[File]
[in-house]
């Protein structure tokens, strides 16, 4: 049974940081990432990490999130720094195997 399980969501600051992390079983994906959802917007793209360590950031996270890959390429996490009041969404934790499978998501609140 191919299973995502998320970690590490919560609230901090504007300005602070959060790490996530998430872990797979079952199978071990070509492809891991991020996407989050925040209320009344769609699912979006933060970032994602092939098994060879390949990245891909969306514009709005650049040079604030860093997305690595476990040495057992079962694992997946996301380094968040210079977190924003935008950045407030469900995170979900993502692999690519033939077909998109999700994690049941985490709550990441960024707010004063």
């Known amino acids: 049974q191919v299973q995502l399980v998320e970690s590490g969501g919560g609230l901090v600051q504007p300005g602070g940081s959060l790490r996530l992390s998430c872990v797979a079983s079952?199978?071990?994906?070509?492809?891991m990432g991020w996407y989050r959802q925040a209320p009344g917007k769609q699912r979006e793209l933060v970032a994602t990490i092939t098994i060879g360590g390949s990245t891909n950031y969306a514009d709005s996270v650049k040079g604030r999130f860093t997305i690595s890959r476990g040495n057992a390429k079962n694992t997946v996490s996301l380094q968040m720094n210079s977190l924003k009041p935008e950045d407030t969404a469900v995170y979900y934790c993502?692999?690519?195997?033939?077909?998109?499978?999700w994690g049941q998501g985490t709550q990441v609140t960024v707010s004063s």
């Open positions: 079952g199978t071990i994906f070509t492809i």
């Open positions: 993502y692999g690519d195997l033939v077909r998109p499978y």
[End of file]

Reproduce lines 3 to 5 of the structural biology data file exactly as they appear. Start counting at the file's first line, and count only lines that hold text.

């Known amino acids: 049974q191919v299973q995502l399980v998320e970690s590490g969501g919560g609230l901090v600051q504007p300005g602070g940081s959060l790490r996530l992390s998430c872990v797979a079983s079952?199978?071990?994906?070509?492809?891991m990432g991020w996407y989050r959802q925040a209320p009344g917007k769609q699912r979006e793209l933060v970032a994602t990490i092939t098994i060879g360590g390949s990245t891909n950031y969306a514009d709005s996270v650049k040079g604030r999130f860093t997305i690595s890959r476990g040495n057992a390429k079962n694992t997946v996490s996301l380094q968040m720094n210079s977190l924003k009041p935008e950045d407030t969404a469900v995170y979900y934790c993502?692999?690519?195997?033939?077909?998109?499978?999700w994690g049941q998501g985490t709550q990441v609140t960024v707010s004063s």
């Open positions: 079952g199978t071990i994906f070509t492809i």
């Open positions: 993502y692999g690519d195997l033939v077909r998109p499978y």